Need for advocates identified

Posted on September 1st, by editor in Caring Times. No Comments

There is an immediate need for people who are able to act as independent mental capacity advocates, according to the English Community Care Association (ECCA) which has responded to a government consultation on a special scheme set out in the Mental Capacity Act 2005. Under the Act the independent mental capacity advocate’s purpose is to help vulnerable people who lack capacity and face important decisions made by the NHS or local authorities about serious medical treatment and changes of residence. NHS bodies and local authorities will have a duty to consult the independent mental capacity advocate in such decisions involving people who have no family or friends. ECCA chief executive Martin Green said advocates needed to be suitably trained in order to maintain their independence when supporting and representing a person who lacked capacity and was faced with a serious decision. “ECCA believes that the scheme should be open to self funding care home residents as well as those whose fees are paid for by local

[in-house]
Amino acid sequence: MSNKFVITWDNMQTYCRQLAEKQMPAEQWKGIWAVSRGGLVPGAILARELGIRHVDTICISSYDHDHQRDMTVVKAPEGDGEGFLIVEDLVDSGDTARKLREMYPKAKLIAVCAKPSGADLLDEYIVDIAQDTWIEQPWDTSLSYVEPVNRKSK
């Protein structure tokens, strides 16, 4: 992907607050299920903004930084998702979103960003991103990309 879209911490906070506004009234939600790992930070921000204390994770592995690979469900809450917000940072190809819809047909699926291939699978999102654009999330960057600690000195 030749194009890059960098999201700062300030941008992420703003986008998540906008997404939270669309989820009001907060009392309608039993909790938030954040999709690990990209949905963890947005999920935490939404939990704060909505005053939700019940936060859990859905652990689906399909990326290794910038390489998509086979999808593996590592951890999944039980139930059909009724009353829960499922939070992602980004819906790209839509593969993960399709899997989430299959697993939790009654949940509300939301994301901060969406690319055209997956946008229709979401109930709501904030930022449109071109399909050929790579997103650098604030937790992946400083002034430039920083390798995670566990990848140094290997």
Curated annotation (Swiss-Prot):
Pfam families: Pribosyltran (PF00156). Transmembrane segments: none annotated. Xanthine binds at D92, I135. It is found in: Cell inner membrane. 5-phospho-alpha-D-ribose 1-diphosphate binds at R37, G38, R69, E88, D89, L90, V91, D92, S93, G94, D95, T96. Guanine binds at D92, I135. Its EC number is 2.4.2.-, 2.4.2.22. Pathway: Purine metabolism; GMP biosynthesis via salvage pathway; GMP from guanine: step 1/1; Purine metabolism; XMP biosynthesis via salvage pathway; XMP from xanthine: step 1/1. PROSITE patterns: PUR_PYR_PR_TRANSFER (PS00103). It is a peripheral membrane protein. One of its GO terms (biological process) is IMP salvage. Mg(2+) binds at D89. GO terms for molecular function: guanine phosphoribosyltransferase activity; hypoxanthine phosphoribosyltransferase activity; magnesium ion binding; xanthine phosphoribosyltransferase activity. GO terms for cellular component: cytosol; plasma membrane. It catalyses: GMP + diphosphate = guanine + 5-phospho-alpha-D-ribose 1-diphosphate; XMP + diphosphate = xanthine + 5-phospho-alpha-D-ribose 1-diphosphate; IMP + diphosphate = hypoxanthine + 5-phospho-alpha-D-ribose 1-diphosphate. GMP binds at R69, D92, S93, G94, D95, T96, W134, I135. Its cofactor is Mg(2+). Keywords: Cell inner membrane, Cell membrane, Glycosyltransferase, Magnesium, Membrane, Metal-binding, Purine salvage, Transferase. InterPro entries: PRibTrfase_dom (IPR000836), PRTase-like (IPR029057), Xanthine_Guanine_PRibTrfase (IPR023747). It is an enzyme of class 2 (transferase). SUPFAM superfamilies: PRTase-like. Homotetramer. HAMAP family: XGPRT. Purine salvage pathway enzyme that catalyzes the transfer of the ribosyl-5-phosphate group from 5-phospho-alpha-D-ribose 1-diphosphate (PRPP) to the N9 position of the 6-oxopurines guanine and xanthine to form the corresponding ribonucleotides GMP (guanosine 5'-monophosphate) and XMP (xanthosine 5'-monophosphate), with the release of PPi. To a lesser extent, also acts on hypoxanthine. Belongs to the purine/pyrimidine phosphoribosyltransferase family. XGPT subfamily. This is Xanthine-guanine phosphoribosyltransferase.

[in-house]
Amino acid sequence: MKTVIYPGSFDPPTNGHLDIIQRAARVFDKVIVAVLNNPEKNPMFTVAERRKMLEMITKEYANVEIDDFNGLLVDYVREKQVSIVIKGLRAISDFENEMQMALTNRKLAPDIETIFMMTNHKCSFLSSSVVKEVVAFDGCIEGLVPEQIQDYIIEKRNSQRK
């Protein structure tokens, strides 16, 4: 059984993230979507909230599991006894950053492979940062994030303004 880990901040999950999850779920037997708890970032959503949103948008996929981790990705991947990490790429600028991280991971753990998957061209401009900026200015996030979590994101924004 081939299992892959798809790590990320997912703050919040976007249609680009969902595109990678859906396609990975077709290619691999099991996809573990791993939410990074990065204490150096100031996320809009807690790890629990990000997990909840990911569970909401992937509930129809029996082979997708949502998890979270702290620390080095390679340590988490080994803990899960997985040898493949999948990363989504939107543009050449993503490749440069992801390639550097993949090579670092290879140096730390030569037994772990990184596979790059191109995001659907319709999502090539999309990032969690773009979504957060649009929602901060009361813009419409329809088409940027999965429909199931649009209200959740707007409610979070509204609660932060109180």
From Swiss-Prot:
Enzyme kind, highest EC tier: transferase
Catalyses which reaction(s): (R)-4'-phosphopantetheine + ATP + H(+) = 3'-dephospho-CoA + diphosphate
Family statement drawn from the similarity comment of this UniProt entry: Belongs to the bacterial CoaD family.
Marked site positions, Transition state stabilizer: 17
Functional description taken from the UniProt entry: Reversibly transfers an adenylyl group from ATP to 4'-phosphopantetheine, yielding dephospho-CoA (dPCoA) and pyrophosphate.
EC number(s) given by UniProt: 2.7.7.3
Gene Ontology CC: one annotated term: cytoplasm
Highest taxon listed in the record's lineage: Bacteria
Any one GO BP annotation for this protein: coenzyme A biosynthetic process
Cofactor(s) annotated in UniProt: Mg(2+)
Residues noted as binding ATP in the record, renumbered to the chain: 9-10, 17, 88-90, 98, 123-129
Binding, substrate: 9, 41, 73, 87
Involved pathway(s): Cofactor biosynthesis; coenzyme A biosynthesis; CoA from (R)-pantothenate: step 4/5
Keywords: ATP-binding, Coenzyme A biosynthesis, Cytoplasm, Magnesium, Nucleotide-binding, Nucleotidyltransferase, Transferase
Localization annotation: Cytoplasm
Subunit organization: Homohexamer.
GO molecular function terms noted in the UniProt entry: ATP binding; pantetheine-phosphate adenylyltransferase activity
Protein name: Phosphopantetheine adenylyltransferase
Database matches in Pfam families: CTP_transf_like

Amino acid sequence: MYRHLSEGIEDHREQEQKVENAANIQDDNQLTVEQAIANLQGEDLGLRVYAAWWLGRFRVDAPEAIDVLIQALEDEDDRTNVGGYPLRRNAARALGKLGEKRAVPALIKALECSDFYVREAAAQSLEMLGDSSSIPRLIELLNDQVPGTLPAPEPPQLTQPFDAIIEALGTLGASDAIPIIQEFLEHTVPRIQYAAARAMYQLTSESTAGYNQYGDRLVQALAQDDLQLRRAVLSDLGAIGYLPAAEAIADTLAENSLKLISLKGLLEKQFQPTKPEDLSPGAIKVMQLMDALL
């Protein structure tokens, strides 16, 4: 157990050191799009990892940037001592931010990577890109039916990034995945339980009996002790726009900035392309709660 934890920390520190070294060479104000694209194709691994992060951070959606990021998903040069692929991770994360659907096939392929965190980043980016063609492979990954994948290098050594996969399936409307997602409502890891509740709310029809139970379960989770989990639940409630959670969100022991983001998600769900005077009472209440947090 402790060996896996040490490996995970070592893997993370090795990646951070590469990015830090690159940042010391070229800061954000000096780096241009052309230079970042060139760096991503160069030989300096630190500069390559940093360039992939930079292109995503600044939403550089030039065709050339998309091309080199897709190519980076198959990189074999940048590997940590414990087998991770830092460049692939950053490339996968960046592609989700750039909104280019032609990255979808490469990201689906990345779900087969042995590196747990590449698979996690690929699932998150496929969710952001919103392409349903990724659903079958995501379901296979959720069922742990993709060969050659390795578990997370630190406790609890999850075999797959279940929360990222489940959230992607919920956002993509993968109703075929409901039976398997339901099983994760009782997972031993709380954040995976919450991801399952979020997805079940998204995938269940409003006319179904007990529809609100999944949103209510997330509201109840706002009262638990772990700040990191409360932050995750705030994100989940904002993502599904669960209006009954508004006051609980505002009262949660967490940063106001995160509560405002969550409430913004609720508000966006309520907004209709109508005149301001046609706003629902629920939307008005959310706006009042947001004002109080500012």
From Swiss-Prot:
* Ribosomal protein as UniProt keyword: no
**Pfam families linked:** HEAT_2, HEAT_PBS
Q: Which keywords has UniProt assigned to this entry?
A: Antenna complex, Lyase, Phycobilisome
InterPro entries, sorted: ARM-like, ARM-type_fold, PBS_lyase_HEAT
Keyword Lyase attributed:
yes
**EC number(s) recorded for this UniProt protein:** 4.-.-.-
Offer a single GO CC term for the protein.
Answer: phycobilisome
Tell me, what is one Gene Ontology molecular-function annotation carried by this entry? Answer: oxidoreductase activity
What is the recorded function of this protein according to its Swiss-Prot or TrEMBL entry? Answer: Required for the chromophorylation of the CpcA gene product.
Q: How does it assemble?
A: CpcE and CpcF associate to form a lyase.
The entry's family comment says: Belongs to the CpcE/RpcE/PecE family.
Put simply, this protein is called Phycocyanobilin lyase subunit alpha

Comments are closed.

Latest blog posts

End of life care – care homes can do it well

By guest blogger Professor Keri Thomas,

Clinical director, National GSF Centre for End of Life Care

News that care homes could, based on current trends, overtake...

The DTOCs dashboard dilemma

By guest blogger JEF SMITH

The Department of Health refers to delayed transfers of care – the issue of people not being able to move...

From where I stand . . .

By Caring Times editor GEOFF HODGSON

A group of residents’ families have criticised the Care Quality Commission’s refusal to review the ‘good’ rating it awarded to...